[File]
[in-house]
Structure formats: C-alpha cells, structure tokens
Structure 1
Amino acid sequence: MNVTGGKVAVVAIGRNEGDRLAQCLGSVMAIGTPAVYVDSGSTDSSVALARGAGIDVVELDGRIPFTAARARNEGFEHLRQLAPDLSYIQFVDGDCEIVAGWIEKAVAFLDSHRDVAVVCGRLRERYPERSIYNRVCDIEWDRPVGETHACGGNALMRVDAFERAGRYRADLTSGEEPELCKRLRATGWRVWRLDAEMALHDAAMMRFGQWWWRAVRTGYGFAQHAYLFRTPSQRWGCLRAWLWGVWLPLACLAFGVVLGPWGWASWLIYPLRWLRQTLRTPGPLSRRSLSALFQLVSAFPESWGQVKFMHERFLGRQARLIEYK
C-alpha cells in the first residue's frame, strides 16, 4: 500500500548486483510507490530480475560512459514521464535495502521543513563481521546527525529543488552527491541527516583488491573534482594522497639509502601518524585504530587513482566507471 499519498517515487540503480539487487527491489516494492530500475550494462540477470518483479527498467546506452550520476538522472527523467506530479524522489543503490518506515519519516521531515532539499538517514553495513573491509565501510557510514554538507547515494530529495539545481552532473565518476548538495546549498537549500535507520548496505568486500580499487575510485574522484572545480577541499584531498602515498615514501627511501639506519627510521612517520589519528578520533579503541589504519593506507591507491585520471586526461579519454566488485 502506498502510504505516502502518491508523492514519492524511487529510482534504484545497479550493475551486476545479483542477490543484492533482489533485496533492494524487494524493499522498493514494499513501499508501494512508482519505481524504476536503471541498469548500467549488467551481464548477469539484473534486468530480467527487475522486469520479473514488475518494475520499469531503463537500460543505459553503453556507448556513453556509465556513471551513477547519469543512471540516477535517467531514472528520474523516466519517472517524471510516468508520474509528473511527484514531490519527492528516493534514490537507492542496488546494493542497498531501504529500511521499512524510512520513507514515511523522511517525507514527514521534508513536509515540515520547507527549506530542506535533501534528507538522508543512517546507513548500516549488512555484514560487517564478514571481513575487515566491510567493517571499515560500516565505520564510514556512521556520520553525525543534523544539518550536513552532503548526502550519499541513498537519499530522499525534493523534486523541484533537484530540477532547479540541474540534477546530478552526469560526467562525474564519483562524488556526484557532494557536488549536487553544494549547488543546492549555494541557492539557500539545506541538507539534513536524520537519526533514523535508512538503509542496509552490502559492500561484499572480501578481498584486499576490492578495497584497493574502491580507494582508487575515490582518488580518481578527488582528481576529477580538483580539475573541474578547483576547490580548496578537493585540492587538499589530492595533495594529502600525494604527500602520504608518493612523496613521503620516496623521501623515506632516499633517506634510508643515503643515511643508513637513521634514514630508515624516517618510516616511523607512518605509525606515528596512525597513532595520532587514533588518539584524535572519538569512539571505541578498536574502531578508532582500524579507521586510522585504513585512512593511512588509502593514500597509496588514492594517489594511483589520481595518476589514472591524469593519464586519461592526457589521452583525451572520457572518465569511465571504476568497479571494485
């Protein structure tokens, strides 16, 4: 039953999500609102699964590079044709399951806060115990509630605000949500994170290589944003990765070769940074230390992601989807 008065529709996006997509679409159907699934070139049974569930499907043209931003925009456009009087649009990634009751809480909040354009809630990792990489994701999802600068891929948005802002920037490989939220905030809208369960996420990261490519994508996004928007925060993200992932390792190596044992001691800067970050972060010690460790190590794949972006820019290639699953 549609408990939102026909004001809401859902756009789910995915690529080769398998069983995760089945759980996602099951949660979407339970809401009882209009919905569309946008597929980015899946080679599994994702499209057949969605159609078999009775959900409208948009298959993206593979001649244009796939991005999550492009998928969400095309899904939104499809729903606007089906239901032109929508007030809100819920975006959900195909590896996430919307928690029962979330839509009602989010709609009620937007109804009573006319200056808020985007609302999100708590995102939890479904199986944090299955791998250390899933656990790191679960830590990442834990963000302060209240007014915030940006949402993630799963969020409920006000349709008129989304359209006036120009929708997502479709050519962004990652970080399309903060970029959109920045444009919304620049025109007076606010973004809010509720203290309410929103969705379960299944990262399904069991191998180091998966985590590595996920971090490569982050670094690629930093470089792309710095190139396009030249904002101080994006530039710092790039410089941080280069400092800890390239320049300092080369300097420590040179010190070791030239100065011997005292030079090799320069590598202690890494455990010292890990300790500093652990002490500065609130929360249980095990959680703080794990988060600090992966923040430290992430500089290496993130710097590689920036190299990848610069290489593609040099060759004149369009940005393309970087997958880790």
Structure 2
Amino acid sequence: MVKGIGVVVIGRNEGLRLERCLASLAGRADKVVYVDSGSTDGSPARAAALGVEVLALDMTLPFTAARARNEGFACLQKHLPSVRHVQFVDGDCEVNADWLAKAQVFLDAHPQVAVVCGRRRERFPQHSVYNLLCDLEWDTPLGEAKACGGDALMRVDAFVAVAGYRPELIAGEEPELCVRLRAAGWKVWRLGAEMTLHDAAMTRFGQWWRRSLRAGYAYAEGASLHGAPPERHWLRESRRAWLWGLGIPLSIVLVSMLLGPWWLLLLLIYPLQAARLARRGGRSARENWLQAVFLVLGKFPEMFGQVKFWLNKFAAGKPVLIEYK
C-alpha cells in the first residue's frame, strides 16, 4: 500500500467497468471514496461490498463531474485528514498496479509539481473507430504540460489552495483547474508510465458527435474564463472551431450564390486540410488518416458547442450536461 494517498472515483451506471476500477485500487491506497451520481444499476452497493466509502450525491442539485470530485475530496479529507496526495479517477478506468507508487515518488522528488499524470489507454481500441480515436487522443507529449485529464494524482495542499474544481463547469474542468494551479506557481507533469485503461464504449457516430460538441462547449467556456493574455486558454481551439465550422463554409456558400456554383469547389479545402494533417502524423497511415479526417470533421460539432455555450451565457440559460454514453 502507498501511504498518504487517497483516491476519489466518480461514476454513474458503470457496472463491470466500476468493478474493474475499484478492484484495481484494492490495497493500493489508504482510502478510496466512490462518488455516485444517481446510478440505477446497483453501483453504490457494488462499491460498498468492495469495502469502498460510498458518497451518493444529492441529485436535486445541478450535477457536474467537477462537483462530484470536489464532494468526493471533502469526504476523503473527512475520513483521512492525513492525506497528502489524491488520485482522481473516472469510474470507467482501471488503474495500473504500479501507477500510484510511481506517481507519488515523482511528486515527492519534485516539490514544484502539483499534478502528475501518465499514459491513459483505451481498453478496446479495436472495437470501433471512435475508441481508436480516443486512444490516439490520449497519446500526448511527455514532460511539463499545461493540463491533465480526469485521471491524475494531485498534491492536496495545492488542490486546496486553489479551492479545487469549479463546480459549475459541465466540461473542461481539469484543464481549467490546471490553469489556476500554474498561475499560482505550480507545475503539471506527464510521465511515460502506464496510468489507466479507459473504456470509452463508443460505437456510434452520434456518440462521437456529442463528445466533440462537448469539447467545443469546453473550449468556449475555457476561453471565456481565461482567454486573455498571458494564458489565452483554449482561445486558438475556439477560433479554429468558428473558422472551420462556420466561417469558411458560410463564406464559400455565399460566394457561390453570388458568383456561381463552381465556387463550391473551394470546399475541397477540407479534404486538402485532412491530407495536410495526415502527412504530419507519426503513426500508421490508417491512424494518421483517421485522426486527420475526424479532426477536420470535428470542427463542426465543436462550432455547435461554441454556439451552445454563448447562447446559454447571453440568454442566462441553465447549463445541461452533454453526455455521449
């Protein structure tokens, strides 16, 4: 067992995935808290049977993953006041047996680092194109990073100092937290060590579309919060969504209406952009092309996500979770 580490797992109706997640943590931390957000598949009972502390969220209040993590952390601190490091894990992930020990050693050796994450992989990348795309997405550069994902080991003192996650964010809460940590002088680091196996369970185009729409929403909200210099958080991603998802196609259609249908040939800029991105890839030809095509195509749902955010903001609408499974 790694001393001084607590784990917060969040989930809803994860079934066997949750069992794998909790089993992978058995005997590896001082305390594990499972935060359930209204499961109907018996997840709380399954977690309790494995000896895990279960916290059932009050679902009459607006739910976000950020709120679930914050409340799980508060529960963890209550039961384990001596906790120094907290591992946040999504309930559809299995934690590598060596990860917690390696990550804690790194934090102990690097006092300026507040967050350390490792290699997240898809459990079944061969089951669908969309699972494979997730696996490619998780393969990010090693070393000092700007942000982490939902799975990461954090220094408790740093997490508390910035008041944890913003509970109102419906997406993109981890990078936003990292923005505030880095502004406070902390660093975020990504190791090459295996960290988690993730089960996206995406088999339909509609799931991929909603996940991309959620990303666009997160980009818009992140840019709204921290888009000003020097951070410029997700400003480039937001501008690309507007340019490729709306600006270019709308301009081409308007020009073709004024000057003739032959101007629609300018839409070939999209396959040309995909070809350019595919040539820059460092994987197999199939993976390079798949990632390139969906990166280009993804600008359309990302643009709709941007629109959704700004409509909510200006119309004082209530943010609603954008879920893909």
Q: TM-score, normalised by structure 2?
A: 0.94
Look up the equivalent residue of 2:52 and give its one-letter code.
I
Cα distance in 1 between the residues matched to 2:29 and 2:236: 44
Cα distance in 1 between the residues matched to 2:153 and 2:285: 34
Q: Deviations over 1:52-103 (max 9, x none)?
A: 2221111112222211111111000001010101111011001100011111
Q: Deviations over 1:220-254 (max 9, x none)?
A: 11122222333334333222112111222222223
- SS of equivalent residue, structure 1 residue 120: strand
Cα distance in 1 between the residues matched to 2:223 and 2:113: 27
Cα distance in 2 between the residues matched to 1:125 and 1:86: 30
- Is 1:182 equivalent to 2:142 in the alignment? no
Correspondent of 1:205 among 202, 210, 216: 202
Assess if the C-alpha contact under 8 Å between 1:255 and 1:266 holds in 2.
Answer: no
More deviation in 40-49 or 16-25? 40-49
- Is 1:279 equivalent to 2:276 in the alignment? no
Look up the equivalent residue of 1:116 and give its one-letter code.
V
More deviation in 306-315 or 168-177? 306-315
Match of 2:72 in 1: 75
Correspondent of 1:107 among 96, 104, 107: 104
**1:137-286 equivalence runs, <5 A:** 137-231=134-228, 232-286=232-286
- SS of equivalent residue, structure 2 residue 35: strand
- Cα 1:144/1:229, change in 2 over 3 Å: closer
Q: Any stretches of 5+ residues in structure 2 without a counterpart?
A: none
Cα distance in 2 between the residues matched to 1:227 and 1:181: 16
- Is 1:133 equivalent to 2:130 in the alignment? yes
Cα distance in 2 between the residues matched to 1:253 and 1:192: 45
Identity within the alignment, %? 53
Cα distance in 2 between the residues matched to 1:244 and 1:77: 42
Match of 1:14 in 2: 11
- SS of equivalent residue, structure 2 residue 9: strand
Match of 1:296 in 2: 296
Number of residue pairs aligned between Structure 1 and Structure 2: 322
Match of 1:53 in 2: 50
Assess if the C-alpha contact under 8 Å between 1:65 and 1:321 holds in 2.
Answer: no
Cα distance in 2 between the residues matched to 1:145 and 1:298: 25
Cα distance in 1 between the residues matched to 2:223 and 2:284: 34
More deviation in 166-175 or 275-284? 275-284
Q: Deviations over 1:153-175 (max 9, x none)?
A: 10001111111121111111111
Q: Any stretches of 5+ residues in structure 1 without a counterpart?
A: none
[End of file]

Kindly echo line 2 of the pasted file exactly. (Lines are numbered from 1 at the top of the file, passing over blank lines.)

Structure formats: C-alpha cells, structure tokens